More good eats on our houseboat in Kerala…

It’s a little embarassing that it’s taking me two posts to write about everything I’d crammed in during my stay on the houseboat in Kerala, all in a span of less than 24 hours. I’ve already described the best thing we’d tasted on the boat, freshwater scampi for dinner, as well as our lunch feast on my previous post. So here’s everything else that Chef B (our personal chef on the houseboat whose name I’ve totally blanked on) cooked for us during our tour of the backwaters in Kumarakom…

In addition to scampi for dinner, we also had Chinese fried rice and my all-time favourite, Chicken Manchurian with its characteristic soy-sauce flavoured gravy.

And then as icing on the cake, Chef B even brought out a…well, a cake. The cake was part of the discounted ‘’honeymoon’’ package that Yin and I had conveniently signed up for in our quest for a cheaper deal (thus also scandalizing the entire resort crew when us two single ladies first arrived. Who says honeymoon packages are only for married couples?) The cake was rather anticlimactic, somewhat stale-tasting and oozing with sugary cream…I wasn’t at all disappointed, this just meant that I had more tummy space for round 9 of scampi.

Prior to this feast, Chef B got out some tea-time munchies so that we could eat while we were waiting to be fed again for dinner. (maybe Chef B had some sinister plan to stuff us like geese and serve us as foie gras to the next houseboat guests…?) Troubling thoughts aside, we crunched through a giant pappadum sprinkled with a pungent peanut masala, full of roasted peanuts, tomatoes, onions, chillies, pepper and lemon…

…and fried and battered bananas. It was such fun to bite through these fritters and lap up the sweet cooked banana that squished out of the yellow batter casing. Just the kind of sugary yummy thing that toothpaste should be made of.
All washed down with a cup of deep, earthy South Indian filtered coffee. I so need to get me one of those South Indian filter coffee machines in Dubai – every morning would be such a pleasure to wake up to.

My tummy was still somewhat fatigued the next morning from all the eating the day before (rare case, but Chef B managed the impossible). I skipped over the standard bread, butter and jam to avoid wasting whatever tum space I had left in me, and made for the real Kerala breakfast deal – appams, made out of rice batter and grilled into the shape of bowls, with a creamy vegetable curry full of softened carrots, onions, beans, and coconut milk. All that, with some freshly squeezed sweet mosambi juice, and I was set to climb a mountain that day (actually, we ended up lazing around the resort, strolling through a bird sanctuary, and then sleeping on the plane ride back to Hyderabad thereafter. But if push came to shove, I’m quite sure I could have climbed that mountain.)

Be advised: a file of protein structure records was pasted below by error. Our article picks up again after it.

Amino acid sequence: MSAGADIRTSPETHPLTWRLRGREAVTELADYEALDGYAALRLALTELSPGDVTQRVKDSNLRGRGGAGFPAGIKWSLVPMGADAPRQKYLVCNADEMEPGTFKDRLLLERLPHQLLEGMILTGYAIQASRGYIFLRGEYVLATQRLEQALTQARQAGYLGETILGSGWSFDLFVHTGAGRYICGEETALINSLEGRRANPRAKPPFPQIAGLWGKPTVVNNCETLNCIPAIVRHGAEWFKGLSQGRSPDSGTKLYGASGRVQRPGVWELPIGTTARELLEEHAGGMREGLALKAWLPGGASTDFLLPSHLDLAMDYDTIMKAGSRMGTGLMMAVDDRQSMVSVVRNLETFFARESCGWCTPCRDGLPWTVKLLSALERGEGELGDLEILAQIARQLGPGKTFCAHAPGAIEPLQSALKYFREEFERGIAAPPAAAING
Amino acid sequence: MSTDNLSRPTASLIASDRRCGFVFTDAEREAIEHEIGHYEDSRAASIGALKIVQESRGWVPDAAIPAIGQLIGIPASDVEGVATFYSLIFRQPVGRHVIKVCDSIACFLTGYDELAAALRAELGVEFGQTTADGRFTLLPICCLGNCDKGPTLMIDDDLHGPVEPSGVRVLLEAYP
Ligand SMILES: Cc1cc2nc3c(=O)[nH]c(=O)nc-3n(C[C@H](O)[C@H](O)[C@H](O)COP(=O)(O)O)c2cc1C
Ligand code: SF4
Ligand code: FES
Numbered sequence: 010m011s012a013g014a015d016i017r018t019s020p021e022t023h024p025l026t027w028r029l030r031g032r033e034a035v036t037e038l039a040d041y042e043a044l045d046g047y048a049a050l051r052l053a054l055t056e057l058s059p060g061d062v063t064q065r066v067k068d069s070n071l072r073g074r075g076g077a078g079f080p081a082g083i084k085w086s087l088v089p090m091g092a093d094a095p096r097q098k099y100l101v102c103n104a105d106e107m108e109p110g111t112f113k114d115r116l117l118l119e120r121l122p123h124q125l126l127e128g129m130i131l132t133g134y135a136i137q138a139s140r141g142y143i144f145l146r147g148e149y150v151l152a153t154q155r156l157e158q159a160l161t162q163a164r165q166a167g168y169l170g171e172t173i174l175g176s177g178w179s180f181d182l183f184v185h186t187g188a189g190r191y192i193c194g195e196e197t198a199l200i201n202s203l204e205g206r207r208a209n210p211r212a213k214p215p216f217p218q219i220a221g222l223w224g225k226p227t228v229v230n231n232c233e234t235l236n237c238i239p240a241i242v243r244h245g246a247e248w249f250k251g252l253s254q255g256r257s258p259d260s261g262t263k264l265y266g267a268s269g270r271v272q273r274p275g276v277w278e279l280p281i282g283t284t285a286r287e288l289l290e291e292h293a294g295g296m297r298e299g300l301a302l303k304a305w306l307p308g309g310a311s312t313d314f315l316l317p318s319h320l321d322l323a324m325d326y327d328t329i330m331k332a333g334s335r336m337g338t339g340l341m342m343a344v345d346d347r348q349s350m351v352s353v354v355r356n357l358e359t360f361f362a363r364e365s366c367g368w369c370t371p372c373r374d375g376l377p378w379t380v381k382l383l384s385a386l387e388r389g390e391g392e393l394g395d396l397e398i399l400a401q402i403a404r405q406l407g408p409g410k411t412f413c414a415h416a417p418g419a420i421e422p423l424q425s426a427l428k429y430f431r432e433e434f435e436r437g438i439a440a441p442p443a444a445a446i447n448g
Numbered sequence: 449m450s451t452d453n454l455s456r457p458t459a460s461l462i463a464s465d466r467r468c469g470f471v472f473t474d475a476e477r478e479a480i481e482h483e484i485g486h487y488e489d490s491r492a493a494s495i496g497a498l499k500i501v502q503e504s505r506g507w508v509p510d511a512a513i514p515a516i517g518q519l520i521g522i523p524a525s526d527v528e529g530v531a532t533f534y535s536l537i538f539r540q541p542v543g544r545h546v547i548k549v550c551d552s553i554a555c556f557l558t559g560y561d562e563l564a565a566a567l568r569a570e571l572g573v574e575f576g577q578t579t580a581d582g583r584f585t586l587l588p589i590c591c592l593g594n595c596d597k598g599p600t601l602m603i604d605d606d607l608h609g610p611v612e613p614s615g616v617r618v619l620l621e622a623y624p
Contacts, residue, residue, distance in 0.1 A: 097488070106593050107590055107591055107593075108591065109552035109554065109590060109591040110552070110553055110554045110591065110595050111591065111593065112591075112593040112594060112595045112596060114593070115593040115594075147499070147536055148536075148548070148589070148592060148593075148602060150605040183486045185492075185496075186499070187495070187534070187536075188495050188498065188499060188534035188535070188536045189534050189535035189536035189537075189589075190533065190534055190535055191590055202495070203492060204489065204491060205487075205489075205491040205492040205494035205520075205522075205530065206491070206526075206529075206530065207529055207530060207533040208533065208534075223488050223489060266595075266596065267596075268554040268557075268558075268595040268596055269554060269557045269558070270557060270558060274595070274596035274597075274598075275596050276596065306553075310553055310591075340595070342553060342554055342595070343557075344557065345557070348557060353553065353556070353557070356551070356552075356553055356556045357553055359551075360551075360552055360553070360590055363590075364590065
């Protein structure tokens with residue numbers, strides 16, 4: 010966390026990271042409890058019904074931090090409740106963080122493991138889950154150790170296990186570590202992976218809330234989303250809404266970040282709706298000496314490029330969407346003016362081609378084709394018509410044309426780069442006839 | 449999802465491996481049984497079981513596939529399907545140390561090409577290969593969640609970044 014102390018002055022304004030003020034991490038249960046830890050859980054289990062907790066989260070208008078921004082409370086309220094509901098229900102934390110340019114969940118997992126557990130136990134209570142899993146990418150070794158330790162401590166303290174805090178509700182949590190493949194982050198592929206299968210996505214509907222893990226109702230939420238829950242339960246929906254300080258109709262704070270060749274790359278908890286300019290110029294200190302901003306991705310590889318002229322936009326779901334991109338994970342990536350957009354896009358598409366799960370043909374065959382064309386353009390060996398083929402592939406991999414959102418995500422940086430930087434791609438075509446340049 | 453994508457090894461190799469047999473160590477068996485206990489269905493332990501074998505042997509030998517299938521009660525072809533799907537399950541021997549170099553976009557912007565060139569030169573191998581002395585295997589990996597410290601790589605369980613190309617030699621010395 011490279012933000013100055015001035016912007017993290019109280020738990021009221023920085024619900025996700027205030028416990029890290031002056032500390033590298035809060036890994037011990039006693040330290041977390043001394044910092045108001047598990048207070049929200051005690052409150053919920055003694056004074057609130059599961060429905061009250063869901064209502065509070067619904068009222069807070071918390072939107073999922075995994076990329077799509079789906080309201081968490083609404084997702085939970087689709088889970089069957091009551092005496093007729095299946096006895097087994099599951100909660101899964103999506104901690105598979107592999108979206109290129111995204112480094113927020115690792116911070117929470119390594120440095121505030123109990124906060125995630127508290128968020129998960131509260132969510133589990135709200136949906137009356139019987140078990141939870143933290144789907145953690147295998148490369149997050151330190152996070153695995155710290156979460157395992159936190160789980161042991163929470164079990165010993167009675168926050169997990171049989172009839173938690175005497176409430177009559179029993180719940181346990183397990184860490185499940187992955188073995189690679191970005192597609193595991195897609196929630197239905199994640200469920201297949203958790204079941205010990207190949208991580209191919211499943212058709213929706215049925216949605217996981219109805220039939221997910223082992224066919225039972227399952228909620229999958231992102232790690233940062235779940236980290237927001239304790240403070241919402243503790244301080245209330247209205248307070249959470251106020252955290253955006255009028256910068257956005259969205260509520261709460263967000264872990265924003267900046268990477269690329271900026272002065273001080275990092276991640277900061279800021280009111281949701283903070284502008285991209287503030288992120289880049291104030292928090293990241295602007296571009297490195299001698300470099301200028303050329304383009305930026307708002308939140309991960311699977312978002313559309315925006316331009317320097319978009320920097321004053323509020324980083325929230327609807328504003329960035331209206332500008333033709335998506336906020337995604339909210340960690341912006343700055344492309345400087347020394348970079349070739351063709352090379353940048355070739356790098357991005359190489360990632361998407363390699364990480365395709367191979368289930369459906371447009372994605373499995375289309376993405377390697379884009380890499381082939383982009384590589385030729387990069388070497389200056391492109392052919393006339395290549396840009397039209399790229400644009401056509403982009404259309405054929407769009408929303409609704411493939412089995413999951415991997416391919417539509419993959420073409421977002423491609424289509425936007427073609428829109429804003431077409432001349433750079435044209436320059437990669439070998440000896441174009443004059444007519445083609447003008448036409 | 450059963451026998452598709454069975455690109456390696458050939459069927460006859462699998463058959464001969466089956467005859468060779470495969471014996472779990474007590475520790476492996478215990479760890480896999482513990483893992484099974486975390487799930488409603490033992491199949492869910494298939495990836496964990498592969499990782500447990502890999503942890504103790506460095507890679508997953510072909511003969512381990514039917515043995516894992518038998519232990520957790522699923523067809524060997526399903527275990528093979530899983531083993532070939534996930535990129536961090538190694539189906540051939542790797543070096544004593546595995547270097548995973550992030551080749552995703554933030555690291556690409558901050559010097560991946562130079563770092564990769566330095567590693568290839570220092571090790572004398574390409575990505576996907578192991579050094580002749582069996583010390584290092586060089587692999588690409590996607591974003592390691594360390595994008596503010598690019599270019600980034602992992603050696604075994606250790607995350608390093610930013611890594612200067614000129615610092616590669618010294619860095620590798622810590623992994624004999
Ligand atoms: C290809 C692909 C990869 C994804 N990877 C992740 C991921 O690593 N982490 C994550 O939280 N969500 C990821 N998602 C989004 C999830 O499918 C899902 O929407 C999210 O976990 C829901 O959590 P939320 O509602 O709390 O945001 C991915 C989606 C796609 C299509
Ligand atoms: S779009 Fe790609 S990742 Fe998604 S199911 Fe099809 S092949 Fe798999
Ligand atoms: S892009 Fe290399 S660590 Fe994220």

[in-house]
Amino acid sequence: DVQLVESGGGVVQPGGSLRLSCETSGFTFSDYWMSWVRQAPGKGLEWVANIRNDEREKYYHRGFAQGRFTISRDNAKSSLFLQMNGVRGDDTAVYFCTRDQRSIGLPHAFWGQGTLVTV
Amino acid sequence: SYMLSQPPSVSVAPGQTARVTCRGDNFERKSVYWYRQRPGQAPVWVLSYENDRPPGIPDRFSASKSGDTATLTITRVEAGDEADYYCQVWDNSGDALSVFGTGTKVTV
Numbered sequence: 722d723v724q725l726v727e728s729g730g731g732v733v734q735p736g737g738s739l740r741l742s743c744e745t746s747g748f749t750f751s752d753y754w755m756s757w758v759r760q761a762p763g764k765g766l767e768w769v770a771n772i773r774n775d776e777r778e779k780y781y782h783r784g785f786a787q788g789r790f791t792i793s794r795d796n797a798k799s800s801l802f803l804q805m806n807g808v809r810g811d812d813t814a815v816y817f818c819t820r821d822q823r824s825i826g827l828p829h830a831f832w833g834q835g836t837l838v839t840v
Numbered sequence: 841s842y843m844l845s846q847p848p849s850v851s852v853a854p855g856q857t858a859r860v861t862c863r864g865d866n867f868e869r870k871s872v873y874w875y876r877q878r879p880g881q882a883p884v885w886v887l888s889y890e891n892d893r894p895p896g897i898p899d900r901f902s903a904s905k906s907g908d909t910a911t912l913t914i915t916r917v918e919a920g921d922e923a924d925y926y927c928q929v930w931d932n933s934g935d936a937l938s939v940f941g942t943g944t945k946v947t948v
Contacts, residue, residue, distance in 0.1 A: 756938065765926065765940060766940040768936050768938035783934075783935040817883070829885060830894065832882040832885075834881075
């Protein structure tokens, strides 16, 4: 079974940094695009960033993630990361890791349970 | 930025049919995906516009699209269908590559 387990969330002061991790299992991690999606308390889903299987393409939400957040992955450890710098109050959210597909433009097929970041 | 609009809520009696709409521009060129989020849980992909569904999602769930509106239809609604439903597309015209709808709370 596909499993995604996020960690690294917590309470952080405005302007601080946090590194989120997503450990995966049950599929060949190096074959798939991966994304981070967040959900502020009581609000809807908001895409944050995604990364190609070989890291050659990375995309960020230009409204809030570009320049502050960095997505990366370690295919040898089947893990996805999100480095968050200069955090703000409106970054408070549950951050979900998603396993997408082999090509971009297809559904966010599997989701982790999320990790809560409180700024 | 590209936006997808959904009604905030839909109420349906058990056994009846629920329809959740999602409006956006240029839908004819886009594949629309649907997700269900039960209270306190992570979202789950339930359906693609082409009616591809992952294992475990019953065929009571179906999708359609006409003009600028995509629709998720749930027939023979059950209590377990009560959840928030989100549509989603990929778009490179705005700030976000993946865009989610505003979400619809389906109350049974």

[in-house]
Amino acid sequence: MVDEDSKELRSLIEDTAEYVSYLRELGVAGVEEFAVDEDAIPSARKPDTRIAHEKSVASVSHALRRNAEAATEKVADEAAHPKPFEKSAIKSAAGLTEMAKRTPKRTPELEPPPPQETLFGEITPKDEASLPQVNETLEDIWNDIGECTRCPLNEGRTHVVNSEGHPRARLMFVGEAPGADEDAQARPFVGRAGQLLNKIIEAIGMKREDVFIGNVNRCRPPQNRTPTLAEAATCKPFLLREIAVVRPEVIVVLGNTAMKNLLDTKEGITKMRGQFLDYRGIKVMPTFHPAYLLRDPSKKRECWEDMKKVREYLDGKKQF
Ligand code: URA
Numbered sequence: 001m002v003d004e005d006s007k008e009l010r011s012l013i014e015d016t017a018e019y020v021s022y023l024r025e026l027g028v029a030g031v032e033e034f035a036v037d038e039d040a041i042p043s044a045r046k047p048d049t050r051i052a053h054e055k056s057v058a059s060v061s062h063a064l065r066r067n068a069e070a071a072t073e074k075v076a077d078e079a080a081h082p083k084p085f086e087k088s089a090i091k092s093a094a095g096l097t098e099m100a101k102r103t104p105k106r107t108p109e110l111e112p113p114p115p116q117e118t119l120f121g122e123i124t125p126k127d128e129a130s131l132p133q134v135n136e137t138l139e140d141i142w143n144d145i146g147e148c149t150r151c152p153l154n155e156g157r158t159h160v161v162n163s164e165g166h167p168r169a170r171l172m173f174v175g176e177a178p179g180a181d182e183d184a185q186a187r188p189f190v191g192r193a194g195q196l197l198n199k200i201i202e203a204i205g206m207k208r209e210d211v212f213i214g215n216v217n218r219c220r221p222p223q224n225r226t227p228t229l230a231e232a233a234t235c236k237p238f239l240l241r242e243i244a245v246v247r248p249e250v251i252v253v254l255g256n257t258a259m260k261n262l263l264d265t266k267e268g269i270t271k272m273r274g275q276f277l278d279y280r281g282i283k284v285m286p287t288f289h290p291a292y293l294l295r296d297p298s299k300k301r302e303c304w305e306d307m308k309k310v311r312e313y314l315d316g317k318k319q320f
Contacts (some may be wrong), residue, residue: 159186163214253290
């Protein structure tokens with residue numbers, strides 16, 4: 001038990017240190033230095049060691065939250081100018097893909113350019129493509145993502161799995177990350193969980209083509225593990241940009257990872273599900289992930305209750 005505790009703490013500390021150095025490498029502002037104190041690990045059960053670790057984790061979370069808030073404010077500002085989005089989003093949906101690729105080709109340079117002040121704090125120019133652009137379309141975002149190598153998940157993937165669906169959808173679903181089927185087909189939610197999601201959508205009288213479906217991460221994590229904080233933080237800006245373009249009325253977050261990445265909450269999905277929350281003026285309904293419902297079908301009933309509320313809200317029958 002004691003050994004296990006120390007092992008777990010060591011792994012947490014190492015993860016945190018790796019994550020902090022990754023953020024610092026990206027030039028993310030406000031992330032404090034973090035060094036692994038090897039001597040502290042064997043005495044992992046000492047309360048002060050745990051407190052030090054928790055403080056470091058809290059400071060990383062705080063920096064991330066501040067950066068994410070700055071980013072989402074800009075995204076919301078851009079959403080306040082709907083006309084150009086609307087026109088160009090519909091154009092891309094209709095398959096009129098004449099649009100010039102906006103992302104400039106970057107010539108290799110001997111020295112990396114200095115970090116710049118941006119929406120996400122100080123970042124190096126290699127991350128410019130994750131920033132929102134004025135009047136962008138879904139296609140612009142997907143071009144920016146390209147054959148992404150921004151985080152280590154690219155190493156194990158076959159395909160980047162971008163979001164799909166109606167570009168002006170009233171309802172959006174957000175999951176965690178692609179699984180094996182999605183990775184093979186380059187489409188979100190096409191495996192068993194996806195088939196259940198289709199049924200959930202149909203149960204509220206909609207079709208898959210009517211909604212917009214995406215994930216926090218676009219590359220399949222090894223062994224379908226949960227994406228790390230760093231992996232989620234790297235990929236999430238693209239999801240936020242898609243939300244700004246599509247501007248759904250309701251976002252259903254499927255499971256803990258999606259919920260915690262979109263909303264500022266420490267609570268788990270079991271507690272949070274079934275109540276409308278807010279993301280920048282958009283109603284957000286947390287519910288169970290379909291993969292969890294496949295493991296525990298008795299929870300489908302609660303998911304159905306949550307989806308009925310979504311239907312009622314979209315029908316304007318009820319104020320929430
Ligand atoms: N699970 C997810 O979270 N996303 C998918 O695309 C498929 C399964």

Yin and I literally rolled off that houseboat ready to burst. In less than 24 hours, we’d shamelessly consumed enough food for an army of those spindly boatmen we saw rowing across the backwaters.

If you’re looking for a destination food vacation, I’d highly recommend giving Kerala’s backwaters a prime slot on your itinerary.
(PS. In case you’re confused at my mention of a ‘destination food vacation,’ that concept actually exists…I didn’t pull this one out of my strange foodie fantasies. In fact, an ex-colleague and friend has an entire website dedicated to planning such food-filled vacations for the ‘gastronomic traveler.‘)

Author: InaFryingPan

With a family legacy of ingenious cooks, a nutritionist and chef-extraordinaire mother, and a father who introduced me to steak and caviar when I could barely reach the table, I had no choice but to acquire a keen awareness of food during my childhood years in Dubai. But it was only after I found myself on a college campus in Philadelphia – far away from home, too cheap as a student to spend on anything other than pizza, and with dorm rooms that had little rat-holes of kitchens if they even had them at all – when I developed a heightened appreciation of food. An appreciation of food that I once ate every night at the dinner table in Dubai, but that was now an entire ocean away. I lusted for the culinary treasures that lay outside the stale walls of my college dining hall, hijacked friends’ kitchens to try my hand at something, anything , remotely edible, and greedily raided different websites in search of highly-rated restaurants. With my move to New York to work for a consulting firm that secretly harbored self-professed foodies, my appreciation transformed into a passion, an addicition. I felt like everyone around me in New York was talking about food: where to get the best cupcakes, pizza slices, banh mi, kati rolls, pho, fried chicken, and every other food item out there that is just a plain old dish in some part of the world, but that’s become hyped to unforeseen proportions in New York. What fuelled my addiction over time was travel to different cities, both for work and play, which gave me unfettered access to the culinary havens of not only New York, but also of DC, Virginia, Chicago, Houston, Vegas, Austin, Seattle and even a little city called Bentonville (Arkansas!). After 9 years away from home, I’ve finally taken the leap to come back to Dubai – with not just an awareness, but genuine appreciation and passionate addiction for what I’d taken for granted as a child. Mom, I’m back to reclaim my seat at your dinner table, and to rediscover this city with its ever-expanding menu of international flavors.

3 thoughts on “More good eats on our houseboat in Kerala…

    1. iliveinafryingpan says:

      Thanks Elaine, it was really memorable! Would definitely recommend throwing in a 1 day houseboat trip in Kerala if you ever plan a tour in India at some point :)

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